Last week, the ongoing Senate hearings into Bill C-11 featured an appearance from the Canadian Association of Film Distributors and Exporters, who spelled out its expectations for Bill C-11, particularly the contributions from streaming services such as Netflix, Disney+, and Amazon Prime. While much of the Bill C-11 debate has focused on the regulation of user content, the bill’s supposed intent is to bring large streaming services into the Canadian broadcasting system. Fuelled by the government’s dubious claim that the bill could generated a billion dollars per year (even government officials now admit that the number is an estimate based not based on actual data), the Canadian sector came sporting demands wildly out of touch with international standards. Indeed, when compared to European regulation, which is often touted as the global leader, Canada would strongly discourage market entry for streaming services and likely result in reduced libraries of content in order to meet the government and CRTC’s regulatory requirements.
Post Tagged with: "online streaming"
Why the Canadian Film and TV Production Sector’s Bill C-11 Expectations Are Wildly Out of Touch With Global Standards
Parliament may be on a summer recess, but the debate over Bill C-11, which is now in the Senate, continues. Yesterday, I engaged in a Twitter debate with Matthew Gray, an official in the office of Heritage Minister Pablo Rodriguez that ultimately focused on the relative importance of the government’s “policy intention” vs. the actual text of the bill. While officials and Minister Rodriguez regularly point to what they intend the bill to do, experts note that the text does not reflect those intentions.
CRTC Chair Ian Scott Confirms Bill C-11 Can Be Used To Pressure Internet Platforms to Manipulate Algorithms
The Senate Standing Committee on Transport and Communications held an exceptionally important hearing as part of its Bill C-11 pre-study (which is about to change into a Bill C-11 study) last night featuring Canadian Heritage officials and CRTC Chair Ian Scott. I will have a second post on the officials, who struggled to provide clear answers to basic questions on everything from how to identify what counts as Cancon for user content (Youtube’s Content ID was suggested) to the absence of thresholds for what is covered by the bill (there are no thresholds and the government wants the ability to also target small streamers). But the key moment of the day came in questioning Scott about the discoverability and the potential for algorithmic manipulation.
Nettwerk Music Group Sounds Alarm Bells on Bill C-11: “It Will Hurt Canadian Artists and Music Companies”
Nettwerk Music Group has long been recognized as one of Canada’s leading independent music companies. Led by Terry McBride, the company has featured label and management clients that include Coldplay, Sarah McLachlan, Dido, and Barenaked Ladies. The company has a reputation for embracing innovation: it was one of the first to drop digital rights management technologies from MP3 music sales and focused on fan preferences in the marketing and distribution of music. Given its role and reputation, when it engages in public policy, government should pay attention.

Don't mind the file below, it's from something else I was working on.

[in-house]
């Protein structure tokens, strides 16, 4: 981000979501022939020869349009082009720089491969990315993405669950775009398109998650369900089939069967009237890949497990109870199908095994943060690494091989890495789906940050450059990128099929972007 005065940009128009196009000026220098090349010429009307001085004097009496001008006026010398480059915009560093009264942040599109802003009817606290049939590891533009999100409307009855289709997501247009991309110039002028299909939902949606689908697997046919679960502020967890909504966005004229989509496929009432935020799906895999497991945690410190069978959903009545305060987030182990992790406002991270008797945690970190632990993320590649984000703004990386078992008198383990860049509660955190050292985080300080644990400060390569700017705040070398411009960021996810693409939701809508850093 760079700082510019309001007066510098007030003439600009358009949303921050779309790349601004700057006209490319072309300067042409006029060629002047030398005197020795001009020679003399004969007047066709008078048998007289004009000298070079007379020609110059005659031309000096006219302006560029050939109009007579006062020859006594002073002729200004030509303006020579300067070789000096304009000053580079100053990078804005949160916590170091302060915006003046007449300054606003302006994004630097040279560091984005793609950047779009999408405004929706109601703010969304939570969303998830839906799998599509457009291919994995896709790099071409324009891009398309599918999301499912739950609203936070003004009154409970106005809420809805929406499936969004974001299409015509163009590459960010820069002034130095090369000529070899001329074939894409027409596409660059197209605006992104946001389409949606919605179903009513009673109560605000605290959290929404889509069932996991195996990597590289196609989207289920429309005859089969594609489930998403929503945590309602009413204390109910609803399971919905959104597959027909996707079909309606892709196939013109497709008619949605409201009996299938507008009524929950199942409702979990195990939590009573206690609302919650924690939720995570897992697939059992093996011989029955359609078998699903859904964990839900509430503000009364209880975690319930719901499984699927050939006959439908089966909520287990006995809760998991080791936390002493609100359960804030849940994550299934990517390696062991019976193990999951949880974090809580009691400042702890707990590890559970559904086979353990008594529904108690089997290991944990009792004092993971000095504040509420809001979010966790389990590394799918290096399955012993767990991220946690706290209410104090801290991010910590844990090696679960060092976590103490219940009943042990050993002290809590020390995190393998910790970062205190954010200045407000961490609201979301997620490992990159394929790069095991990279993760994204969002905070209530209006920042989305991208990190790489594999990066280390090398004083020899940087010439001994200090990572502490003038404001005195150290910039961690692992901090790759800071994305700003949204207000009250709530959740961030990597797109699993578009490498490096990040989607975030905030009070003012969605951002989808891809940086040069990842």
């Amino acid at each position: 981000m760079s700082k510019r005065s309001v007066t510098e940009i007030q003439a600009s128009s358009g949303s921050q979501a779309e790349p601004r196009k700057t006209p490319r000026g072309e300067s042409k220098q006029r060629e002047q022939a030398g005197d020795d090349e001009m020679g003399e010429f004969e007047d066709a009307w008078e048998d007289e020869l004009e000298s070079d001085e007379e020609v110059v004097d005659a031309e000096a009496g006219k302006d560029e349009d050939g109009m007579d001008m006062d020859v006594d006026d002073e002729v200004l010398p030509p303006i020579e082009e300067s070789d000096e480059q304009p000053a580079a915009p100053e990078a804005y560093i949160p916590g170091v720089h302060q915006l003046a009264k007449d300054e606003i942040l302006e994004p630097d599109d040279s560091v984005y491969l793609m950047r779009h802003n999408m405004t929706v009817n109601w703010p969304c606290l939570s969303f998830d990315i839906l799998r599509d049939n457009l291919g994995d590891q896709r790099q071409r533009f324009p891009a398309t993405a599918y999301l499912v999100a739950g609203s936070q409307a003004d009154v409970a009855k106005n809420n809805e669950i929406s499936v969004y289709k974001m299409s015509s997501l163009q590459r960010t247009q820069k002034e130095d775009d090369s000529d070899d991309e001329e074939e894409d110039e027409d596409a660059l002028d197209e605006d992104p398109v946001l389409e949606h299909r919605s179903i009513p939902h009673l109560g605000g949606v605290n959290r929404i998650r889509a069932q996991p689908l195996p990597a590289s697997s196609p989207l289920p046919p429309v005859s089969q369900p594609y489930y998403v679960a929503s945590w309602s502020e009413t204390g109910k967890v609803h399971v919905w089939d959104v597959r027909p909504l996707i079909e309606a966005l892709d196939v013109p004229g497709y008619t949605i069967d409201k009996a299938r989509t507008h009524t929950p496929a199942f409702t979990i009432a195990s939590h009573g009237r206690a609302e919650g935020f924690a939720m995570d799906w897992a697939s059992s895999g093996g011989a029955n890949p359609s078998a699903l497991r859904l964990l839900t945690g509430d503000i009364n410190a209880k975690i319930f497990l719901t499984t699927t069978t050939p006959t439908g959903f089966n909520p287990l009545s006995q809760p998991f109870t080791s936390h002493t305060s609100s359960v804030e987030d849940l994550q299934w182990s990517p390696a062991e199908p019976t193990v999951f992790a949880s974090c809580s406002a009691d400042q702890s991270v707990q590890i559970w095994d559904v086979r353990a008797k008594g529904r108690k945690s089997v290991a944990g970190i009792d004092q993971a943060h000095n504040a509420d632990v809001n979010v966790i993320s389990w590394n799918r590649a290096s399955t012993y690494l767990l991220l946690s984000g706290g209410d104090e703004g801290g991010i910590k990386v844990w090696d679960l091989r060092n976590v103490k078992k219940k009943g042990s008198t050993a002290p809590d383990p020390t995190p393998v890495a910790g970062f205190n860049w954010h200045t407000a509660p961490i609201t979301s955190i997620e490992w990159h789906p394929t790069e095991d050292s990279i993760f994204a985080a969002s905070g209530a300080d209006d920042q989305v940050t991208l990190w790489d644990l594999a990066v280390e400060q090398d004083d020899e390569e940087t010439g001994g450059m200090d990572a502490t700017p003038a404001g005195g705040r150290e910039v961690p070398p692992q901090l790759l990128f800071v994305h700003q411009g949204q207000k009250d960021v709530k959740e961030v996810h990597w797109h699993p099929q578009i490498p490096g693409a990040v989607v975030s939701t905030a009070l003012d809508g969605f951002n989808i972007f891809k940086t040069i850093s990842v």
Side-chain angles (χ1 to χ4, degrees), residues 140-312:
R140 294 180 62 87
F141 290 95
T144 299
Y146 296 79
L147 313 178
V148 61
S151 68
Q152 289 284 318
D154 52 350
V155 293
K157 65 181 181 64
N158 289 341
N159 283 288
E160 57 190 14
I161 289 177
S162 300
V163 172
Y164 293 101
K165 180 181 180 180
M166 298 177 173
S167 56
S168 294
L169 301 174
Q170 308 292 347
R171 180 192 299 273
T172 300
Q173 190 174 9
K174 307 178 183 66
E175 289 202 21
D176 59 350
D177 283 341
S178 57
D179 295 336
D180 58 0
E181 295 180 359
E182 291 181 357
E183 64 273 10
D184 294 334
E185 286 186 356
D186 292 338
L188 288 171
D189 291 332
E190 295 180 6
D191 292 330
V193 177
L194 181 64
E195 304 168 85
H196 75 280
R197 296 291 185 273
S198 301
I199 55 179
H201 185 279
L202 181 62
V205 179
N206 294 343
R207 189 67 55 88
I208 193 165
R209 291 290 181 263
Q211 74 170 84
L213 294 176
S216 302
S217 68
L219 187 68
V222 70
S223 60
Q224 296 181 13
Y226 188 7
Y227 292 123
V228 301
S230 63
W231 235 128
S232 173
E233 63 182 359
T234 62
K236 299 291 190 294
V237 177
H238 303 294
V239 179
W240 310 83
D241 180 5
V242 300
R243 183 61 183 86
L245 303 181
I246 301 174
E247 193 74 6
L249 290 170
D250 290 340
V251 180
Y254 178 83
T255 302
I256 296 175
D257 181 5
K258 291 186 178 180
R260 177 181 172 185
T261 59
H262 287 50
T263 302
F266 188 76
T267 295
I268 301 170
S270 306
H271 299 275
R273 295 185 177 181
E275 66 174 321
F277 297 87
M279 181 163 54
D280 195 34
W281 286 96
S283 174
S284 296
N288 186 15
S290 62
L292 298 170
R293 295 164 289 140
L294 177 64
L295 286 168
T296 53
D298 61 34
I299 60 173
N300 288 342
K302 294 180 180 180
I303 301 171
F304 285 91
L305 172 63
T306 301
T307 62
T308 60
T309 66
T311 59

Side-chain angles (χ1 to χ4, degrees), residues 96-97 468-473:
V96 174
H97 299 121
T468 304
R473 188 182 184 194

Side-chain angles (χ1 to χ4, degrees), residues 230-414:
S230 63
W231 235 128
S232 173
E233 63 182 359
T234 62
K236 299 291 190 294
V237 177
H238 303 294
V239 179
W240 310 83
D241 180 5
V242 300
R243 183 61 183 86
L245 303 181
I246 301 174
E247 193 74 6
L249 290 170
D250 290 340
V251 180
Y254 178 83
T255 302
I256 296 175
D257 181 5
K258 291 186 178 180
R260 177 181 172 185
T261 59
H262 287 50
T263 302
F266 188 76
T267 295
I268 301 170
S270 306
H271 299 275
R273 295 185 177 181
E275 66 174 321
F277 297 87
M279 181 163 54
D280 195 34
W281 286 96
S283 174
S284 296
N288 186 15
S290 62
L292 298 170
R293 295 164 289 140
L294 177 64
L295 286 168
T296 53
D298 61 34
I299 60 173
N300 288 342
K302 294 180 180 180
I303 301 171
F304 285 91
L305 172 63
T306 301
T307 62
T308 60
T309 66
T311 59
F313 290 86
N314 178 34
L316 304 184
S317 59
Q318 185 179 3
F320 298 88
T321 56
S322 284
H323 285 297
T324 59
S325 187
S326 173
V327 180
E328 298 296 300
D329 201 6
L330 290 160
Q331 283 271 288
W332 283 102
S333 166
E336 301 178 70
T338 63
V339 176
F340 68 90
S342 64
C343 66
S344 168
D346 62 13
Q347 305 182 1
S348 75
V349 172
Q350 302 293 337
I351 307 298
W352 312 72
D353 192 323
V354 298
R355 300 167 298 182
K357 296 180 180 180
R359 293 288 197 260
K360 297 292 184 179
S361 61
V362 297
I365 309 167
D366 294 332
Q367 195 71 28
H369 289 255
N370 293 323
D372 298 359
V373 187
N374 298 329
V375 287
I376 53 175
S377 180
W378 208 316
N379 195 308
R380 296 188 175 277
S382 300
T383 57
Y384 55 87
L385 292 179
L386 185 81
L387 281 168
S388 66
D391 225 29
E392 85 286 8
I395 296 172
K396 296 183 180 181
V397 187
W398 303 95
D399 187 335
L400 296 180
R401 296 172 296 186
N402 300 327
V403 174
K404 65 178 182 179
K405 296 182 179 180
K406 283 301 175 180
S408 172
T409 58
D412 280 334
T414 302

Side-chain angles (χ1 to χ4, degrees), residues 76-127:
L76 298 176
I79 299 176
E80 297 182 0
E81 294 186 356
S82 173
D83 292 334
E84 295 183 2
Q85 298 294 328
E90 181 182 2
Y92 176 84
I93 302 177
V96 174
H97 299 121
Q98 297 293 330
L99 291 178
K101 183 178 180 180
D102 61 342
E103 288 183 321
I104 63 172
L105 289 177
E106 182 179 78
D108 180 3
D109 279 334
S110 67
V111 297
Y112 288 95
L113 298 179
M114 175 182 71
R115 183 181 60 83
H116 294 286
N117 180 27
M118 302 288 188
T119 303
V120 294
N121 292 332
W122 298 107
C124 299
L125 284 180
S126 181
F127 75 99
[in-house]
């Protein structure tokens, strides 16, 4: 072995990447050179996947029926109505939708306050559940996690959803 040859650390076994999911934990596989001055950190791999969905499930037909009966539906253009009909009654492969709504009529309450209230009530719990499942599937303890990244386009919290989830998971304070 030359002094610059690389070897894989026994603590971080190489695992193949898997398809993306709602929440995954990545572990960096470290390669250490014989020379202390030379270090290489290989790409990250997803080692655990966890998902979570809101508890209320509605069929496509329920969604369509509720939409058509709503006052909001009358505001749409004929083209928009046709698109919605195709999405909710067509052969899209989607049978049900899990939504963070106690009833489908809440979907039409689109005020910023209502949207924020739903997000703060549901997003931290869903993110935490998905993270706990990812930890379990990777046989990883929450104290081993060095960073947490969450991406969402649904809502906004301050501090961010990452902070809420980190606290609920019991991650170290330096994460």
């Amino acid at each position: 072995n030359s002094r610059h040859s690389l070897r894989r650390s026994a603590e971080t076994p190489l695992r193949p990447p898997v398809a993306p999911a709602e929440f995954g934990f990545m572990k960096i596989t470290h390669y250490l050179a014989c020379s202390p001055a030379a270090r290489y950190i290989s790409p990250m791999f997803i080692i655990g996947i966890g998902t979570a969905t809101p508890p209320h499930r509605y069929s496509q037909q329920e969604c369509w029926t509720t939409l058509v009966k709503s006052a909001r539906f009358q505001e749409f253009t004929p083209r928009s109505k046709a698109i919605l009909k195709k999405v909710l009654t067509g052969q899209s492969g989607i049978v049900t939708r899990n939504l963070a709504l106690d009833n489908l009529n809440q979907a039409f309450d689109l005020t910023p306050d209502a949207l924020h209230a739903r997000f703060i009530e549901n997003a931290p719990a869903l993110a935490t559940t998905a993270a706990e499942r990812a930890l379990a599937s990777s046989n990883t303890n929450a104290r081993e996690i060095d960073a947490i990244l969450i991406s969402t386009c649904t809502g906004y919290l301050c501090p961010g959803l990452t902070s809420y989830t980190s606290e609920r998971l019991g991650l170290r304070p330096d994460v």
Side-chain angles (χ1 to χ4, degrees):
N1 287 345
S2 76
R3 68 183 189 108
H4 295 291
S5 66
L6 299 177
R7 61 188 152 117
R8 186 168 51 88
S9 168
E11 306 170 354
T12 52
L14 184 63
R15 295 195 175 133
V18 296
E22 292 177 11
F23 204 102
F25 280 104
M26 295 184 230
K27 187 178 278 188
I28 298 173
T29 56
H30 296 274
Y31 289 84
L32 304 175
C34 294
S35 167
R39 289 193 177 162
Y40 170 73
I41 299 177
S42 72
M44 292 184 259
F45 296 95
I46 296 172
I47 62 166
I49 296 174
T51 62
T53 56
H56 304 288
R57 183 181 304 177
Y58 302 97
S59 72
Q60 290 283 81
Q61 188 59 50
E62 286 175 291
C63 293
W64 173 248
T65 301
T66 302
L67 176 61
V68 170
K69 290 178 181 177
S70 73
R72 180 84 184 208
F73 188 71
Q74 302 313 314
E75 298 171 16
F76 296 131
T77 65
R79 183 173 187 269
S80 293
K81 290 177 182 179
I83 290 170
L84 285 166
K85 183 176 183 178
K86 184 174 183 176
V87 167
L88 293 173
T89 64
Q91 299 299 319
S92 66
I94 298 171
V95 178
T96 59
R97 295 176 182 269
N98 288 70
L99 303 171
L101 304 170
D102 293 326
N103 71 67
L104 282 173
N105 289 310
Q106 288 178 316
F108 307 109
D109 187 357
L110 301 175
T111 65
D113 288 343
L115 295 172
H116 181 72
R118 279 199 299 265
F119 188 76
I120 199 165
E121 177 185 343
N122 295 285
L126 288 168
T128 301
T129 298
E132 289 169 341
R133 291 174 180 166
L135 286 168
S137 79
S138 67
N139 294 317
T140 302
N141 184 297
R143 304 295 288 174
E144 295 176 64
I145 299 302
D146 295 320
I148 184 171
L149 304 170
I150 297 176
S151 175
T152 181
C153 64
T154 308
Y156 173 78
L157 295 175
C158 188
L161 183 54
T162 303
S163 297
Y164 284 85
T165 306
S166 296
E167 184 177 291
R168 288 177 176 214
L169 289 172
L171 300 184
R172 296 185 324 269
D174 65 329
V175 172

Yesterday, Nettwerk released a statement on Bill C-11 that is exceptionally critical of the legislative proposal:
Bell on Bill C-11: Limit Consumer Choice, Weaken Competition, and Legislate Access to Cheap U.S. Content
Just over 11 years ago, I wrote a column for the Toronto Star titled U.S. Web-Streamed TV Could Change Game for Canadian Broadcasters. The piece argued that Internet streaming of television was in its infancy, but could soon become the norm with major implications for Canadian broadcasters:
While the use of the Internet to by-pass Canadian broadcasters is still relatively rare – most U.S. programs bundle the broadcast and Internet rights together – the decision to stream the games directly into the Canadian market could soon become the norm. The key determinant will obviously be money. Once U.S. rights holders conclude that it is more profitable to retain the Internet rights so that they can stream their programs online to a global audience and capture the advertising or subscription revenues that come with it, Canadian broadcasters may find that they can only license broadcast rights with the U.S. rights holders competing directly with them via the Internet.
I continued by noting that the Internet was on the verge of disrupting the longstanding Canadian broadcast model and its reliance on cheap U.S. programming. I speculated that the result would be that Canadian broadcasters would recognize the need to create their own content that they could licence online around the world.
That column came to mind during Bell’s appearance before the Heritage committee on Bill C-11 yesterday.